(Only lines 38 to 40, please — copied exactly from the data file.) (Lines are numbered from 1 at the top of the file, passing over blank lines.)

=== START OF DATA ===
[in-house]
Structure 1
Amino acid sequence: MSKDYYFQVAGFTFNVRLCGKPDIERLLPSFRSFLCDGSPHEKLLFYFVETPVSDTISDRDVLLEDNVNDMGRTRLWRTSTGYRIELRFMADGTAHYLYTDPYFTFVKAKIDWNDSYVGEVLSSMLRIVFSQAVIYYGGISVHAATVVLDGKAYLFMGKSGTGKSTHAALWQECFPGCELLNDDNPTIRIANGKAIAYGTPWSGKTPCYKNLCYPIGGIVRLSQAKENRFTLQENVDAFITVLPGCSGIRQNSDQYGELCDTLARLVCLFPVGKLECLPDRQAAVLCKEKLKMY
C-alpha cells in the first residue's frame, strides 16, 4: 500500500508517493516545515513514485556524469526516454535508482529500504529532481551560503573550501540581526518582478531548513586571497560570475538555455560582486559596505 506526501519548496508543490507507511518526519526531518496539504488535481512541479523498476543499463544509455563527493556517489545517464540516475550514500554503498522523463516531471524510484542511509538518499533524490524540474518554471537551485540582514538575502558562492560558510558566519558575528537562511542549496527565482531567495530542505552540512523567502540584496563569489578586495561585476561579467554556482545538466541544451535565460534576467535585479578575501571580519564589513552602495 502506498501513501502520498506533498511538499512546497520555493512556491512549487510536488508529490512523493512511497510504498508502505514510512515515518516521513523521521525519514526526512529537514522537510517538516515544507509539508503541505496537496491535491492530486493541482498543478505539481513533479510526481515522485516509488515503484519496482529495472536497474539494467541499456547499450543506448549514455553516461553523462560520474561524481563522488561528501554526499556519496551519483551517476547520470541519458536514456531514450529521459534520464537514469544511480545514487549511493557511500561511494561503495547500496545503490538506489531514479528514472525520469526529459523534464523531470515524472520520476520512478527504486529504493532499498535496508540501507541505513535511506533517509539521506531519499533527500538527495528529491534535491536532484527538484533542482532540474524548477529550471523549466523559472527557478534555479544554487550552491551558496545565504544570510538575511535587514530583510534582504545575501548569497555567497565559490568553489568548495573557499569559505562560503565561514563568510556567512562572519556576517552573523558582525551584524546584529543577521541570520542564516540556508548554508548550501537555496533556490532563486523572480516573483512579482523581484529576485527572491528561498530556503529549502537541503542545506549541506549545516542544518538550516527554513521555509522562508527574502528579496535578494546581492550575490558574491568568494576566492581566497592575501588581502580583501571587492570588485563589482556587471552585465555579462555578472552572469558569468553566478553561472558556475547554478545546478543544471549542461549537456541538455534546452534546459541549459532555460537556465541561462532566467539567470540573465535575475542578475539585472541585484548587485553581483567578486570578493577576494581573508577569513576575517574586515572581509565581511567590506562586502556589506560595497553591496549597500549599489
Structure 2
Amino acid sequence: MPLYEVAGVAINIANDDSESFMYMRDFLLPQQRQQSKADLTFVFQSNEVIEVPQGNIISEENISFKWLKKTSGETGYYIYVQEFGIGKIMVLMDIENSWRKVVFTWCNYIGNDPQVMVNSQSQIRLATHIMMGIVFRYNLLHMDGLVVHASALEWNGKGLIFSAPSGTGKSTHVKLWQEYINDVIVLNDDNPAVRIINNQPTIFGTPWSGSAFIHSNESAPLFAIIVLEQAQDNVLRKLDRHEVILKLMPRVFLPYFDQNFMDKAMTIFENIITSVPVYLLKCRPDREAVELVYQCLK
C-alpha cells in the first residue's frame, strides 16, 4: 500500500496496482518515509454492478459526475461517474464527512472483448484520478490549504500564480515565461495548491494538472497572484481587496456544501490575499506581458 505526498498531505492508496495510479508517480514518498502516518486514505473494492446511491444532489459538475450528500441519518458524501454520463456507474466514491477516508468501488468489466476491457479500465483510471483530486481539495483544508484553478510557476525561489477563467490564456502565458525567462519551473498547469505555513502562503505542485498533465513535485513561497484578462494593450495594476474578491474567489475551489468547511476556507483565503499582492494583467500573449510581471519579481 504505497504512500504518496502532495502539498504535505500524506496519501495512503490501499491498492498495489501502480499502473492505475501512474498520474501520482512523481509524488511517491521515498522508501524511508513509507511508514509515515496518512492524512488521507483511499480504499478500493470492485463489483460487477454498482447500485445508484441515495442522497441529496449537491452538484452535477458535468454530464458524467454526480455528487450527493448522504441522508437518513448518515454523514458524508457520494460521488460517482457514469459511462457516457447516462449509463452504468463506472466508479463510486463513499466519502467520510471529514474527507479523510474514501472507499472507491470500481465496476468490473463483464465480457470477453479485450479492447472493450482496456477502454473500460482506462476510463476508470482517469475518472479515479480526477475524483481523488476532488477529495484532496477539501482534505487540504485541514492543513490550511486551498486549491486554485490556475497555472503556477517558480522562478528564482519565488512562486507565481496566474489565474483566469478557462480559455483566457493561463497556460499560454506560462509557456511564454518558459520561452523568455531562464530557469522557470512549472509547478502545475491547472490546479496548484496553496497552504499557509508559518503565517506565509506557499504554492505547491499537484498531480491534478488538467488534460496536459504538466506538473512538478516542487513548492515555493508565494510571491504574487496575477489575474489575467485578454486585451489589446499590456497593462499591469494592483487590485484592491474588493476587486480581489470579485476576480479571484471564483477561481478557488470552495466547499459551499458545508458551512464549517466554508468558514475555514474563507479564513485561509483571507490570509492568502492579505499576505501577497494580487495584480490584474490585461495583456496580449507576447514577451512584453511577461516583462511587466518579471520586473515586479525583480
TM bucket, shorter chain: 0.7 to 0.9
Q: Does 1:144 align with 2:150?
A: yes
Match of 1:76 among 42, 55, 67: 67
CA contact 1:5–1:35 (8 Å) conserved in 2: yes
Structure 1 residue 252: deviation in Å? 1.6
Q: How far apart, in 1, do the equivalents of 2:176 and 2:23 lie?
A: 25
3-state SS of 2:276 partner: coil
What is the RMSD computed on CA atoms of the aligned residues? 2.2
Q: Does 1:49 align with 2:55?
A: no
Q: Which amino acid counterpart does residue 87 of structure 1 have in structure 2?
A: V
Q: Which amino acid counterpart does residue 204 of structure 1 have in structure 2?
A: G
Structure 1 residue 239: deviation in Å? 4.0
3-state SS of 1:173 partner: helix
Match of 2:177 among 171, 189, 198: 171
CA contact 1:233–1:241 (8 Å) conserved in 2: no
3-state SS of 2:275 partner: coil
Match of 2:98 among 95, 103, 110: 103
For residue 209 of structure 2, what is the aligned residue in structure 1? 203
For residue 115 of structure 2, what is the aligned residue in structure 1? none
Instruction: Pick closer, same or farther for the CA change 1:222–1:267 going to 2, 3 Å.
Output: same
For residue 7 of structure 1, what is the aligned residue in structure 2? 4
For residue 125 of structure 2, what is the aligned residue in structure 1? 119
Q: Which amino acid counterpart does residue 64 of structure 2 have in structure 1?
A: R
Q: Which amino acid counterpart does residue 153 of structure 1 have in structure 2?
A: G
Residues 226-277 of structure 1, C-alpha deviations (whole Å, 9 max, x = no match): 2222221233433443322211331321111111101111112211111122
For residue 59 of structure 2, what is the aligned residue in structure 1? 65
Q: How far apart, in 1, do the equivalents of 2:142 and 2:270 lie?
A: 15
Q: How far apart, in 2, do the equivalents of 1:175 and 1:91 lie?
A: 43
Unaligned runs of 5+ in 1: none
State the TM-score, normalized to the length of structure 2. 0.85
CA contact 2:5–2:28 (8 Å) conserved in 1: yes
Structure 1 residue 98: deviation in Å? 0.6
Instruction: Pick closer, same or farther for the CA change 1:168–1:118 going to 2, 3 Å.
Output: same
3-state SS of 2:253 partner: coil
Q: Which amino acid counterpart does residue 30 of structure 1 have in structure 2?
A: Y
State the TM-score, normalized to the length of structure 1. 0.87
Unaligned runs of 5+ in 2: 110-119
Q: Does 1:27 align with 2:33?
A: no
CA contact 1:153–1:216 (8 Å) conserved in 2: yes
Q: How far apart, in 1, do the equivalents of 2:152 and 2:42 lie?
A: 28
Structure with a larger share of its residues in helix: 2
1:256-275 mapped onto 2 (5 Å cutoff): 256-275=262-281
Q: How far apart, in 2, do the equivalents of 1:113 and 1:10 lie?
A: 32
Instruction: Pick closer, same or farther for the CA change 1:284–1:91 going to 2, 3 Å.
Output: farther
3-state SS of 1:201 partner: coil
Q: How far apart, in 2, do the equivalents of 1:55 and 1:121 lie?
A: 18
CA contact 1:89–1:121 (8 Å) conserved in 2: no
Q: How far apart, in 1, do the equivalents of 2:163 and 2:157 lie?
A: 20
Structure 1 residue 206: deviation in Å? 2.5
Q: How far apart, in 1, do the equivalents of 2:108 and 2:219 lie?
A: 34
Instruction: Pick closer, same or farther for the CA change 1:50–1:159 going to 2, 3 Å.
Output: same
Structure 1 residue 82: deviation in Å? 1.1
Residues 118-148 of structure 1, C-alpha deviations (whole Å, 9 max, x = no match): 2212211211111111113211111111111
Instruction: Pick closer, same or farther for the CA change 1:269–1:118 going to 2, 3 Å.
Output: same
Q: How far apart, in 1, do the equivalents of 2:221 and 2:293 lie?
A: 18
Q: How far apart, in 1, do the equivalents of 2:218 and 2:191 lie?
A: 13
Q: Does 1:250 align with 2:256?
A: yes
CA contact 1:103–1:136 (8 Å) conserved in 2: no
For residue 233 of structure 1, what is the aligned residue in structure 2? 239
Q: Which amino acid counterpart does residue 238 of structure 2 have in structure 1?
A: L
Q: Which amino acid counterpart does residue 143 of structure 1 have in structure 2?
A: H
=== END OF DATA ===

Q: Which amino acid counterpart does residue 153 of structure 1 have in structure 2?
A: G
Residues 226-277 of structure 1, C-alpha deviations (whole Å, 9 max, x = no match): 2222221233433443322211331321111111101111112211111122